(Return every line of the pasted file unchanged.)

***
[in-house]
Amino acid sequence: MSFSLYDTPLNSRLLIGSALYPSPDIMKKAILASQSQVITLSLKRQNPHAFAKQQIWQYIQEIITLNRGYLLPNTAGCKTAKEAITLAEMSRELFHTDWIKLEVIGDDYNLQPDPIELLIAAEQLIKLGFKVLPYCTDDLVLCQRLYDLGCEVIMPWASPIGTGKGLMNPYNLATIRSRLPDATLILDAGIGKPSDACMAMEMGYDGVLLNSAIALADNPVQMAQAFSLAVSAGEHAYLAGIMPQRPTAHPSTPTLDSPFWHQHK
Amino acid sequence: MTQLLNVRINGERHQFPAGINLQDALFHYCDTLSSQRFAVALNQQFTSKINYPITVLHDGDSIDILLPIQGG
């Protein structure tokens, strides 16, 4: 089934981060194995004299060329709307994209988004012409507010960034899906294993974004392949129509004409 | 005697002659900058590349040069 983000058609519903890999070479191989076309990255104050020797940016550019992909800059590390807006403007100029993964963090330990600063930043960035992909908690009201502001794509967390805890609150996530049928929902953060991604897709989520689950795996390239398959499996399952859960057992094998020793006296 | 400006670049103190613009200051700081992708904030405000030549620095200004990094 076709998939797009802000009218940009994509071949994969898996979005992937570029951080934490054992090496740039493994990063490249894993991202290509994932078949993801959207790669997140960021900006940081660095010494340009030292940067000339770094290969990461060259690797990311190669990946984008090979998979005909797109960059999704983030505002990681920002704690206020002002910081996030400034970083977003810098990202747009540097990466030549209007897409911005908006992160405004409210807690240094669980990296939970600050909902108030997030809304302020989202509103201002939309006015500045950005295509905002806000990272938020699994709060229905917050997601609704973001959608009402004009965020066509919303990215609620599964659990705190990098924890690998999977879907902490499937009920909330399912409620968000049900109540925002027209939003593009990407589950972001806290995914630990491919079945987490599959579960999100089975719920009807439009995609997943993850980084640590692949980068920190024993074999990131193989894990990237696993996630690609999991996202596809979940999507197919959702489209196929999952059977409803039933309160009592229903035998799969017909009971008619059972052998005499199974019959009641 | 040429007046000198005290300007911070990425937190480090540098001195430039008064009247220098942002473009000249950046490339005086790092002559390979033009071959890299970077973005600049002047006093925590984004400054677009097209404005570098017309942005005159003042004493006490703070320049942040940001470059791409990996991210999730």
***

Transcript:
[in-house]
Amino acid sequence: MSFSLYDTPLNSRLLIGSALYPSPDIMKKAILASQSQVITLSLKRQNPHAFAKQQIWQYIQEIITLNRGYLLPNTAGCKTAKEAITLAEMSRELFHTDWIKLEVIGDDYNLQPDPIELLIAAEQLIKLGFKVLPYCTDDLVLCQRLYDLGCEVIMPWASPIGTGKGLMNPYNLATIRSRLPDATLILDAGIGKPSDACMAMEMGYDGVLLNSAIALADNPVQMAQAFSLAVSAGEHAYLAGIMPQRPTAHPSTPTLDSPFWHQHK
Amino acid sequence: MTQLLNVRINGERHQFPAGINLQDALFHYCDTLSSQRFAVALNQQFTSKINYPITVLHDGDSIDILLPIQGG
């Protein structure tokens, strides 16, 4: 089934981060194995004299060329709307994209988004012409507010960034899906294993974004392949129509004409 | 005697002659900058590349040069 983000058609519903890999070479191989076309990255104050020797940016550019992909800059590390807006403007100029993964963090330990600063930043960035992909908690009201502001794509967390805890609150996530049928929902953060991604897709989520689950795996390239398959499996399952859960057992094998020793006296 | 400006670049103190613009200051700081992708904030405000030549620095200004990094 076709998939797009802000009218940009994509071949994969898996979005992937570029951080934490054992090496740039493994990063490249894993991202290509994932078949993801959207790669997140960021900006940081660095010494340009030292940067000339770094290969990461060259690797990311190669990946984008090979998979005909797109960059999704983030505002990681920002704690206020002002910081996030400034970083977003810098990202747009540097990466030549209007897409911005908006992160405004409210807690240094669980990296939970600050909902108030997030809304302020989202509103201002939309006015500045950005295509905002806000990272938020699994709060229905917050997601609704973001959608009402004009965020066509919303990215609620599964659990705190990098924890690998999977879907902490499937009920909330399912409620968000049900109540925002027209939003593009990407589950972001806290995914630990491919079945987490599959579960999100089975719920009807439009995609997943993850980084640590692949980068920190024993074999990131193989894990990237696993996630690609999991996202596809979940999507197919959702489209196929999952059977409803039933309160009592229903035998799969017909009971008619059972052998005499199974019959009641 | 040429007046000198005290300007911070990425937190480090540098001195430039008064009247220098942002473009000249950046490339005086790092002559390979033009071959890299970077973005600049002047006093925590984004400054677009097209404005570098017309942005005159003042004493006490703070320049942040940001470059791409990996991210999730």